So you are looking forward to a race meeting the following day only for the heavens to open during the night and you wake up to find the going has changed to heavy, bottomless, mud!! So how do you go about trying to make horse racing profits in mud?
This can be a complete nightmare with the form book …. or is the effect on form really that great? I am going to dig into the stats to show you how people and bookmakers can overreact when it comes to bad ground conditions.
This first clear stat that shows you how much overreaction occurs is comparing the normal SR of favourites with the SR of those that run in a race with heavy going. I am using data from the last 3 years, as using more starts to include tracks that have changed layouts, old fences, different drainage, etc. These stats include UK & Irish racing.
All Favourites: 31.8% SR
Heavy Favourites: 34.5% SR
What, I hear you say! Favourites on heavy going actually WIN 2.5% more races? They certainly do.
The next stat is the ROI% (Return on investment).
All Favourites: 3.2% (Exchange Prices)
Heavy Favourites: 1.24% (Exchange Prices)
This clearly shows that if you backed every favourite on heavy ground you would lose less than half as much compared with any ground. That is a very important pointer on how you should be betting on heavy ground. If you get that much advantage compared with the norm, then you should dig a little deeper to see if you can find an edge.
The reason I am using Betfair prices is that you will find it much easier to profit long term using a betting exchange. If you used a normal bookmaker the Heavy Favourites ROI% would be 5.1% …. Ouch!!
So can we turn that negative 1.24% ROI into a positive one with a little deeper research?
Take a look at this table, it shows you that flat racing makes a loss, and a bad one at that. This is the same result even if I run the data over 10 years and the reason for this is simple. Flat horses are not bred for racing in the mud whereas National Horses are bred to run on softer ground.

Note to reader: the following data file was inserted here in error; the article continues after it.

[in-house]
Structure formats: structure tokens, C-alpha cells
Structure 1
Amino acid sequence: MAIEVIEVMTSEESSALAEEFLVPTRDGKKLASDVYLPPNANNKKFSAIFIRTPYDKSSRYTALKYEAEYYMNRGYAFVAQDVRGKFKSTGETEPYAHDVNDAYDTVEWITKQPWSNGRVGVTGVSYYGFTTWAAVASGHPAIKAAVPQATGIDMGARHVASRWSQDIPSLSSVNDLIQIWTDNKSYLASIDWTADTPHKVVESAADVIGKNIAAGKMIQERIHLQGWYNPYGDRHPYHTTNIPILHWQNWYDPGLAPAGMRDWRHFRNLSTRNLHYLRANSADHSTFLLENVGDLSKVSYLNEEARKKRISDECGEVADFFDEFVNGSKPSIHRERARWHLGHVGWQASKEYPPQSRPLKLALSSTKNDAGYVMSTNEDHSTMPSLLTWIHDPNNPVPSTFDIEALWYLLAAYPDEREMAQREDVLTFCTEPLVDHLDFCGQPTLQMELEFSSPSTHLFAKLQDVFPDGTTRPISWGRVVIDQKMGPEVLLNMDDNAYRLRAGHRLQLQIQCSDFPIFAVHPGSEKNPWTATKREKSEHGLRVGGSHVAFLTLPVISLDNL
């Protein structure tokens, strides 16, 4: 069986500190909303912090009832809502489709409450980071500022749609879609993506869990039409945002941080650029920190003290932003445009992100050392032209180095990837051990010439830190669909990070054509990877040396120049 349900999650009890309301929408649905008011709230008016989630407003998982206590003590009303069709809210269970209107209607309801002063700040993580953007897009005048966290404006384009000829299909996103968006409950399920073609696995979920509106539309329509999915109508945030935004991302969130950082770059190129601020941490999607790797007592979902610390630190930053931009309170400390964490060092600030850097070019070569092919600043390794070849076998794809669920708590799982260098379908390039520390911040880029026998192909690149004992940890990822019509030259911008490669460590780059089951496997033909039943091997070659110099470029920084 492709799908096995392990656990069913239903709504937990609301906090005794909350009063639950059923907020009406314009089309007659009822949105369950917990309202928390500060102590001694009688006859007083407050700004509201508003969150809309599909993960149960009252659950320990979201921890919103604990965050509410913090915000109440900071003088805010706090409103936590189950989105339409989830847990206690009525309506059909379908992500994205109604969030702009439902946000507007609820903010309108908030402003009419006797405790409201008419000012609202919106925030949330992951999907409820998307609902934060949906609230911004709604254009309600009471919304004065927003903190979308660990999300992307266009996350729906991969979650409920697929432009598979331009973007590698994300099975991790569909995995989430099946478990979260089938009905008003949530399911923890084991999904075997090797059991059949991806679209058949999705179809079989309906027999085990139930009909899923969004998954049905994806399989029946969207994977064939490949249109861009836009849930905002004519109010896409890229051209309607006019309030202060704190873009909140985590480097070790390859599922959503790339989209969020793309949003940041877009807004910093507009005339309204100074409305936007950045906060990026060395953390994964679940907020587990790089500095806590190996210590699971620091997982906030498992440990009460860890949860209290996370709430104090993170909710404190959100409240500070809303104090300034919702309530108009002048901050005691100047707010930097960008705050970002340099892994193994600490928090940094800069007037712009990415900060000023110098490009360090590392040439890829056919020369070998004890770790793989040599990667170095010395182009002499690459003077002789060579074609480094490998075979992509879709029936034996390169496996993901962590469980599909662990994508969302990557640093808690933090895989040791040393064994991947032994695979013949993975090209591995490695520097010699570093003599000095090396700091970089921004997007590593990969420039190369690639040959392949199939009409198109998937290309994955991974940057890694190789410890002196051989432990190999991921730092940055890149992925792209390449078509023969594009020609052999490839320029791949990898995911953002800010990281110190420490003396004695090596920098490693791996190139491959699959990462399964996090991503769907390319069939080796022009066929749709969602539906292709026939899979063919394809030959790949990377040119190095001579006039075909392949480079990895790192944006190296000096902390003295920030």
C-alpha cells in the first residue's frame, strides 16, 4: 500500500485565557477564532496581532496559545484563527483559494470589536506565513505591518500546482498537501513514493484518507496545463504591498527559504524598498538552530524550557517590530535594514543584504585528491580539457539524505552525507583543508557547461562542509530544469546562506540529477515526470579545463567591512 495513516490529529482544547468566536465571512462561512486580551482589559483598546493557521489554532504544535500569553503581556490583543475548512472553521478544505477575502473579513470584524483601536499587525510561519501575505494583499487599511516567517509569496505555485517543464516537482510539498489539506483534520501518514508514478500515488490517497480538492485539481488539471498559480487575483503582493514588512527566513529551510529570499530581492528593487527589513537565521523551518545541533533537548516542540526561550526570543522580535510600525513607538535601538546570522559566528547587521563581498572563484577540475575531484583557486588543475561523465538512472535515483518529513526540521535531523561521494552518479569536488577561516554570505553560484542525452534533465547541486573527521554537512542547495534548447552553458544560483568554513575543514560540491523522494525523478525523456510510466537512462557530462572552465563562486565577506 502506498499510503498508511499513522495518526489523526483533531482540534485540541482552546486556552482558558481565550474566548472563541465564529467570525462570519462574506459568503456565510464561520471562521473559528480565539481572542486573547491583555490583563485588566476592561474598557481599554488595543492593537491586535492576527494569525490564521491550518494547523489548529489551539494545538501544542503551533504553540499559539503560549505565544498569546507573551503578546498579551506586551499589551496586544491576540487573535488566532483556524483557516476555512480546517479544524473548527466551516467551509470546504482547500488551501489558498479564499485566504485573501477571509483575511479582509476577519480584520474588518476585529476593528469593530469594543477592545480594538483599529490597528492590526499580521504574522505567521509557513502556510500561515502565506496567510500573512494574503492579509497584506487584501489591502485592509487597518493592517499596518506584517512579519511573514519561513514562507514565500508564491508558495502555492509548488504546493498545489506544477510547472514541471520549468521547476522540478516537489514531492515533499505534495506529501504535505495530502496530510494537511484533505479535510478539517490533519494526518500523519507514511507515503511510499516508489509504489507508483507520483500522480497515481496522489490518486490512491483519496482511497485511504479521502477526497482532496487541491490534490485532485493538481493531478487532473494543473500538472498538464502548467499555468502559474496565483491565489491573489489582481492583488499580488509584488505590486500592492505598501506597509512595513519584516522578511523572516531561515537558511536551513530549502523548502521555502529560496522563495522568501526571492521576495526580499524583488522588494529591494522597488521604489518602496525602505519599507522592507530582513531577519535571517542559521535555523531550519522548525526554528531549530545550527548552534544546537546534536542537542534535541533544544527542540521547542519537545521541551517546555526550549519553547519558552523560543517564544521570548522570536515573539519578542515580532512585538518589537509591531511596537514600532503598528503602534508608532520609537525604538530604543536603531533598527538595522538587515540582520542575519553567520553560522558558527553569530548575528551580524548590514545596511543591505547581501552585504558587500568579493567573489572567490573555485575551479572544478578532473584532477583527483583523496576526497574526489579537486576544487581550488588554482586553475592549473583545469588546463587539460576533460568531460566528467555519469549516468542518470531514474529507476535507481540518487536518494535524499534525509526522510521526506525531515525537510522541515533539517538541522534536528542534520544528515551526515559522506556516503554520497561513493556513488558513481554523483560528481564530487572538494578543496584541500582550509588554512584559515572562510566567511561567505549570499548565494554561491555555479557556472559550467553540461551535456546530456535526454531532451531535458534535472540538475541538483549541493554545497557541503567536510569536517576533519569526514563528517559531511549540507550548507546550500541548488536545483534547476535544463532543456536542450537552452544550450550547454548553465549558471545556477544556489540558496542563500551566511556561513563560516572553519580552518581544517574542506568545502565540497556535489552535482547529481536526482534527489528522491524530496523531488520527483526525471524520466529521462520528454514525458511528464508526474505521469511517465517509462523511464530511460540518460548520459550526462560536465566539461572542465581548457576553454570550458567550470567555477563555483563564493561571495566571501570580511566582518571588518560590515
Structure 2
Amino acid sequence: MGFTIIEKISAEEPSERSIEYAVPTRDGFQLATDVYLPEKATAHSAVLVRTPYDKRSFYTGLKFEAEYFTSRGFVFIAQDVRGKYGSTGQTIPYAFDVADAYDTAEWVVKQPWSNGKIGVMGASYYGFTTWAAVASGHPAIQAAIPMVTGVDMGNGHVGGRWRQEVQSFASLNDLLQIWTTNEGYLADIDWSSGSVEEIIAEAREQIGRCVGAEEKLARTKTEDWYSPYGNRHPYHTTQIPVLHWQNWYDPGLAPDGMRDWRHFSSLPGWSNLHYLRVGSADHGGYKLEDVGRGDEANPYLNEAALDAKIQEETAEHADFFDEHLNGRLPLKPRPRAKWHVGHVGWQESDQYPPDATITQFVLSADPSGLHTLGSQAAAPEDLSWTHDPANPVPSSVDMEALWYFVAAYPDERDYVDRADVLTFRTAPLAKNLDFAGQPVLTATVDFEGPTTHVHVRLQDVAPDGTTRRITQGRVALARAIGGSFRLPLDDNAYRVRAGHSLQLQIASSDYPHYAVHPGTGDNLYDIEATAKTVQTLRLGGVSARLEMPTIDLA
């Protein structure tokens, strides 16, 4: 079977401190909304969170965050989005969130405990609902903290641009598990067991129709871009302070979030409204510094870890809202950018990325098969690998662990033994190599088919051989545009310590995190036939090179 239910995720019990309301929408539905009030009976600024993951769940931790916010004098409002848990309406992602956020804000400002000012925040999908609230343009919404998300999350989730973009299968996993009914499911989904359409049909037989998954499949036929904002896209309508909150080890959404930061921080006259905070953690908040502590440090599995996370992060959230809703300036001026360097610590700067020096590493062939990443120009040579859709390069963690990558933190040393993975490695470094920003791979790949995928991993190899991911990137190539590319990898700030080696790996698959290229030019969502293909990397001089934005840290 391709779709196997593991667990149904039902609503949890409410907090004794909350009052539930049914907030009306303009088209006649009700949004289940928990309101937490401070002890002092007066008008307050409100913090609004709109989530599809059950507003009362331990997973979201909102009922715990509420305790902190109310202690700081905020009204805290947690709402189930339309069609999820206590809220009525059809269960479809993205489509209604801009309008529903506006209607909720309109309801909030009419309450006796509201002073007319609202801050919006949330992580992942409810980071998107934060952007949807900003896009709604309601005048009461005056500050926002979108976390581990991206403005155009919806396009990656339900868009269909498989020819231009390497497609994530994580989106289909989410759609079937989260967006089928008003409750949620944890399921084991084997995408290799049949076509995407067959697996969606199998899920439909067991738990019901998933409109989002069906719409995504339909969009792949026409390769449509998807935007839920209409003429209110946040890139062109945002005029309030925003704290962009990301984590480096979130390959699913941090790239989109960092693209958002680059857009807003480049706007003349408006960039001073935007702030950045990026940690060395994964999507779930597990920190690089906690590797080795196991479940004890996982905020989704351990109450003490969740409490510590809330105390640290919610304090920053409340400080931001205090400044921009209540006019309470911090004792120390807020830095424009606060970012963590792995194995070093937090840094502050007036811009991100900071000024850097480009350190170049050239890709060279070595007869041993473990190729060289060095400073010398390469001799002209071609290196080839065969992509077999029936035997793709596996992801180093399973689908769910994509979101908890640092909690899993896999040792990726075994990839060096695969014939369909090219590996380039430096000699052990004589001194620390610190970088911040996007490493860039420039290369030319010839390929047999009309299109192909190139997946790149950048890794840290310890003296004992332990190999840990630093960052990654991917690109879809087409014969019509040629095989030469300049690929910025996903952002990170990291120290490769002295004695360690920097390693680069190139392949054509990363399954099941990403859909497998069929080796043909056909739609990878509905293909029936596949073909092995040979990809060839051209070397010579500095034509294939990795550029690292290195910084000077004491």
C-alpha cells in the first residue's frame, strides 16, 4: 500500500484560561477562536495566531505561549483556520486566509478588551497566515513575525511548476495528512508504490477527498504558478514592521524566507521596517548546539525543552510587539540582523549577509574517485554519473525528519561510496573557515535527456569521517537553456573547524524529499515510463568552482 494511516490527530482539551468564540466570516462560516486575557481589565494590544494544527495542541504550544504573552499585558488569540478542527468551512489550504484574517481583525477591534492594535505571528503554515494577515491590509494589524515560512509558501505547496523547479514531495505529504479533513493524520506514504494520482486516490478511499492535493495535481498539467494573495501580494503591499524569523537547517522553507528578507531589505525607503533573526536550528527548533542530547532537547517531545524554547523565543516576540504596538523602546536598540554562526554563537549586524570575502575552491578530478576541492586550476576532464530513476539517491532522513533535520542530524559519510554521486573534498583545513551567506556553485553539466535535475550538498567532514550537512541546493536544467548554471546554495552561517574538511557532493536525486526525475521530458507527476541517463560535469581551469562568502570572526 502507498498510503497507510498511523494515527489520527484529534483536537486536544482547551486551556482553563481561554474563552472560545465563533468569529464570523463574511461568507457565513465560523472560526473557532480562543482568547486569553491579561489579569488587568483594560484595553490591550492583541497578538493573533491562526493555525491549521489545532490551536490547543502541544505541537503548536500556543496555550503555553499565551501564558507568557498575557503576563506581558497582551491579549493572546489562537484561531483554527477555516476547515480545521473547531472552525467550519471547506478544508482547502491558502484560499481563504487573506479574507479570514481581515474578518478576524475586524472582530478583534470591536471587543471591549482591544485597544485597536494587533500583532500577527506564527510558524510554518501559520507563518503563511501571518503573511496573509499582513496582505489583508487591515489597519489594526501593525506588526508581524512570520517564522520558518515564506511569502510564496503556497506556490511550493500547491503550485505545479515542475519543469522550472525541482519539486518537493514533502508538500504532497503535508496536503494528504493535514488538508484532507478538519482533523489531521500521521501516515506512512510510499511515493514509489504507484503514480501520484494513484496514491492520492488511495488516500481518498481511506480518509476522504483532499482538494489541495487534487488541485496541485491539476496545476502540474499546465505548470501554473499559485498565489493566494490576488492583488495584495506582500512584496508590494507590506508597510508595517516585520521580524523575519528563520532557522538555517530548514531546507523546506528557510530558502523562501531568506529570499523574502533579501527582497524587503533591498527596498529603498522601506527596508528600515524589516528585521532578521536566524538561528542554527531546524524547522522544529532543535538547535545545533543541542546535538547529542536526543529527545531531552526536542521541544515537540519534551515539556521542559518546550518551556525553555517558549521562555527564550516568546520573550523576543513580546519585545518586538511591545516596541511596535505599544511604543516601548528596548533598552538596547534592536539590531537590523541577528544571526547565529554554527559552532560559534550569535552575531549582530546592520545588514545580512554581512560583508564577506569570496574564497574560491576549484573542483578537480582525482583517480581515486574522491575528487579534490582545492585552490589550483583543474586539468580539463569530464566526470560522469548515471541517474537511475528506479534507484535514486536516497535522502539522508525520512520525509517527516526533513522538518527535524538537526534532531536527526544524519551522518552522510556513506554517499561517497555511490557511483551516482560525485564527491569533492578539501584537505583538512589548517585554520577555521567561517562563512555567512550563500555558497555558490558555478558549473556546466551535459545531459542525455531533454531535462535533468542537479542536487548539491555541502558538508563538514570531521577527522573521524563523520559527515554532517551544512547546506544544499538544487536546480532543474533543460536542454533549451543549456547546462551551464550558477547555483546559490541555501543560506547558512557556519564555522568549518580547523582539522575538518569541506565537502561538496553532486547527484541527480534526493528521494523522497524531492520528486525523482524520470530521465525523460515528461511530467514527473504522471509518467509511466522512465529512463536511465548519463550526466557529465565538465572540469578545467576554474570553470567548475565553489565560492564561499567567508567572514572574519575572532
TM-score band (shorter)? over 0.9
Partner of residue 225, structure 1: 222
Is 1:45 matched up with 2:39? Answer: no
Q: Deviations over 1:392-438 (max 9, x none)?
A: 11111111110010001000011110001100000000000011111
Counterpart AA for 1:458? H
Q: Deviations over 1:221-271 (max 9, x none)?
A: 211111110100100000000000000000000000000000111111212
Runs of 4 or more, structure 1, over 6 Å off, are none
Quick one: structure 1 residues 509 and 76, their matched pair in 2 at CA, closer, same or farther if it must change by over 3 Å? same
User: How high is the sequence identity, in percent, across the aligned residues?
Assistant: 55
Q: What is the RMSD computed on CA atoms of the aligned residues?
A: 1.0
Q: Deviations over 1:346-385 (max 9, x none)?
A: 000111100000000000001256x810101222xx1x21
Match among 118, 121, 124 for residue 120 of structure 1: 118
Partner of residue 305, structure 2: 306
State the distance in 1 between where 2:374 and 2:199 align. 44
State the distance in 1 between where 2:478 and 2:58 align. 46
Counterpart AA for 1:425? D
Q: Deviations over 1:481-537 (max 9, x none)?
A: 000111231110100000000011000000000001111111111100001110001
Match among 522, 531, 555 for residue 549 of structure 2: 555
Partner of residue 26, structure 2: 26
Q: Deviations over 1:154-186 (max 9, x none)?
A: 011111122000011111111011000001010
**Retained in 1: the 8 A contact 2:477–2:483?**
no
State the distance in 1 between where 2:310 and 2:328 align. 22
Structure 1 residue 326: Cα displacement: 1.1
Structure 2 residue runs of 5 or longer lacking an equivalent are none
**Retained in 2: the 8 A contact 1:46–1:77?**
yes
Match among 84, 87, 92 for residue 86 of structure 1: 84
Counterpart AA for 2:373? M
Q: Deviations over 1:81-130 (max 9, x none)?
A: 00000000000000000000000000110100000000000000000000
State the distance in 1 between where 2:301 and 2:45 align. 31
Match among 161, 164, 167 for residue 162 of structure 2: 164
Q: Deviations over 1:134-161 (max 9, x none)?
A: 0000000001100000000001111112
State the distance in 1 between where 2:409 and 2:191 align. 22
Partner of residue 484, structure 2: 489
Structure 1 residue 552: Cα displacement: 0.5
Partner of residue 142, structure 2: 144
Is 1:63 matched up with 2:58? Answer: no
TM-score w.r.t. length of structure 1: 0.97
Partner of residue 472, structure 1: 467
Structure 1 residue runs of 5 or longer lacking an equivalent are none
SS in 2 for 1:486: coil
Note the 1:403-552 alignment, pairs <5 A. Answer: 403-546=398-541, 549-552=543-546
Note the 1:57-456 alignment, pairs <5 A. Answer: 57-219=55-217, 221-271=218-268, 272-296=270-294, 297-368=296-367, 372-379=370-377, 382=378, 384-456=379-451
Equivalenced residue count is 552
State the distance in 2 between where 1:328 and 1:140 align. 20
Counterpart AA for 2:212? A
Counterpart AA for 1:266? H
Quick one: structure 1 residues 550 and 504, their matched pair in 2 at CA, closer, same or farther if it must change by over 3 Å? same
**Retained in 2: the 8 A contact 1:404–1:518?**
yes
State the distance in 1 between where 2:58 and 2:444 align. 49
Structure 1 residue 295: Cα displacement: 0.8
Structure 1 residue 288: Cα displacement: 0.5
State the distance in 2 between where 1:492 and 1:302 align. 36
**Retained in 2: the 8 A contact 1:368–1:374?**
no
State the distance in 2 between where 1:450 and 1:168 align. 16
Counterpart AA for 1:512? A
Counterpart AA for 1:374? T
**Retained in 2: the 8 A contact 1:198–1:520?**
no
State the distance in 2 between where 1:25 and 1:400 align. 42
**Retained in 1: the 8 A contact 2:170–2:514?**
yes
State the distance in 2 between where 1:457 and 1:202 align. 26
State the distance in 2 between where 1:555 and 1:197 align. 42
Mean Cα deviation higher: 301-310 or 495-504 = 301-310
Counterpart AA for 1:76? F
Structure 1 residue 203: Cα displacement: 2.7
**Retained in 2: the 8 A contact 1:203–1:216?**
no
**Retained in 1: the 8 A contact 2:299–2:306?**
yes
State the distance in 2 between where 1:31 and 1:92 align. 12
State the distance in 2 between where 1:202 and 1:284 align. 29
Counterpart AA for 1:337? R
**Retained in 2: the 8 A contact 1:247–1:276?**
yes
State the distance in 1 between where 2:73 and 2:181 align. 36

|Race Type||Runners||Winners||Win S/R||P/L Exc||ROI Exc|
So we need to concentrate only on NH horse racing.
One stat that usually stands out in a lot of system is the actual sex of the horse, and the following table shows that mares have a low SR compared with the others, and so if you are building a system you would discount all mares.
|HorseSex||Runners||Winners||Win S/R||P/L Exc||ROI Exc|
The final stat I will look at is individual racecourses excluding mares, as we have so much variation in this country, and I know from experience that ground conditions can effect how form workouts at racetracks. These tracks are terrible at drainage and so the ground gets very sticky, which although still heavy, means that this is basically heavy heavy going. It is no surprise to see Uttoxeter top, as drainage is pretty much non-existent.
Ascot used to show heavy losses in the past based on the above variables but since it had new drainage put in a few years ago they have completely turned around.
|Course||Runners||Winners||Win S/R||P/L Exc||ROI Exc|
Removing the above tracks gives you the following yearly stats:
|Year||Runners||Winners||Win S/R||P/L Exc||ROI Exc||P/L to SP||ROI to SP|
Pretty good results, but you can improve on them, although just sticking to the above variables gives you a decent profit each year and a good SR, but if you want to improve on them, although you will have less selections, then just use the top 19 performing racetracks for favourites on heavy ground.
Not only do these produce very good profits on the betting exchanges you can also profit with SP, which is great for those of you who still bet with just a bookmaker.